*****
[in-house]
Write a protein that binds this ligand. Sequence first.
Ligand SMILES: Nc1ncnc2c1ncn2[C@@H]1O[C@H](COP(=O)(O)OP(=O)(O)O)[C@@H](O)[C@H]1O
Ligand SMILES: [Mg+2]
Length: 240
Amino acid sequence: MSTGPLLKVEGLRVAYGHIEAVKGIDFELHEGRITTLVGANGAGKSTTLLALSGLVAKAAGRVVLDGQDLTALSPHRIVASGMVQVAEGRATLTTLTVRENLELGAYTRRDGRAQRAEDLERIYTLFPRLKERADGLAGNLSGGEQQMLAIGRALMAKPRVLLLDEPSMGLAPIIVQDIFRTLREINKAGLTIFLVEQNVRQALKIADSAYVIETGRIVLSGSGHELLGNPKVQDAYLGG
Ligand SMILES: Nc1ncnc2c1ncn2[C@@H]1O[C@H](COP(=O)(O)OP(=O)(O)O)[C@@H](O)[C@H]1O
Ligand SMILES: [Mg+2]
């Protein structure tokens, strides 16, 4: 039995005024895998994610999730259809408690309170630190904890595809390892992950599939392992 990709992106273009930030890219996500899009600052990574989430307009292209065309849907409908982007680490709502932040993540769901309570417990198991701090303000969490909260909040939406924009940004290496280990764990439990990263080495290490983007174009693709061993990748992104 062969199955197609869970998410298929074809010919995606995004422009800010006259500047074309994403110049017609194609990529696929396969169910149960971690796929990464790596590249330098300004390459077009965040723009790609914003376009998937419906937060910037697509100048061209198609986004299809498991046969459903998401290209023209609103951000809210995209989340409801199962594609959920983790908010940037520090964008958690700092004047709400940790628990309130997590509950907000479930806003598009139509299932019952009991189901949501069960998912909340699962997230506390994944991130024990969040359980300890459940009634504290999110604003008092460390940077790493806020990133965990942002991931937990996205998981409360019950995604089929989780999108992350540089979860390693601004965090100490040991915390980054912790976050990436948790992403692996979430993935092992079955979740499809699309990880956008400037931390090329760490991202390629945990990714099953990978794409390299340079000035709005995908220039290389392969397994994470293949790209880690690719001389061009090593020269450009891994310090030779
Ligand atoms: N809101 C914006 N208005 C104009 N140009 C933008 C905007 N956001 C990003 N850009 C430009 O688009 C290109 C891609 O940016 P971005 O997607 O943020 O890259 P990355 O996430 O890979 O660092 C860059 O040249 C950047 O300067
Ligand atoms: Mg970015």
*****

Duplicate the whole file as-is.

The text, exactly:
[in-house]
Write a protein that binds this ligand. Sequence first.
Ligand SMILES: Nc1ncnc2c1ncn2[C@@H]1O[C@H](COP(=O)(O)OP(=O)(O)O)[C@@H](O)[C@H]1O
Ligand SMILES: [Mg+2]
Length: 240
Amino acid sequence: MSTGPLLKVEGLRVAYGHIEAVKGIDFELHEGRITTLVGANGAGKSTTLLALSGLVAKAAGRVVLDGQDLTALSPHRIVASGMVQVAEGRATLTTLTVRENLELGAYTRRDGRAQRAEDLERIYTLFPRLKERADGLAGNLSGGEQQMLAIGRALMAKPRVLLLDEPSMGLAPIIVQDIFRTLREINKAGLTIFLVEQNVRQALKIADSAYVIETGRIVLSGSGHELLGNPKVQDAYLGG
Ligand SMILES: Nc1ncnc2c1ncn2[C@@H]1O[C@H](COP(=O)(O)OP(=O)(O)O)[C@@H](O)[C@H]1O
Ligand SMILES: [Mg+2]
């Protein structure tokens, strides 16, 4: 039995005024895998994610999730259809408690309170630190904890595809390892992950599939392992 990709992106273009930030890219996500899009600052990574989430307009292209065309849907409908982007680490709502932040993540769901309570417990198991701090303000969490909260909040939406924009940004290496280990764990439990990263080495290490983007174009693709061993990748992104 062969199955197609869970998410298929074809010919995606995004422009800010006259500047074309994403110049017609194609990529696929396969169910149960971690796929990464790596590249330098300004390459077009965040723009790609914003376009998937419906937060910037697509100048061209198609986004299809498991046969459903998401290209023209609103951000809210995209989340409801199962594609959920983790908010940037520090964008958690700092004047709400940790628990309130997590509950907000479930806003598009139509299932019952009991189901949501069960998912909340699962997230506390994944991130024990969040359980300890459940009634504290999110604003008092460390940077790493806020990133965990942002991931937990996205998981409360019950995604089929989780999108992350540089979860390693601004965090100490040991915390980054912790976050990436948790992403692996979430993935092992079955979740499809699309990880956008400037931390090329760490991202390629945990990714099953990978794409390299340079000035709005995908220039290389392969397994994470293949790209880690690719001389061009090593020269450009891994310090030779
Ligand atoms: N809101 C914006 N208005 C104009 N140009 C933008 C905007 N956001 C990003 N850009 C430009 O688009 C290109 C891609 O940016 P971005 O997607 O943020 O890259 P990355 O996430 O890979 O660092 C860059 O040249 C950047 O300067
Ligand atoms: Mg970015």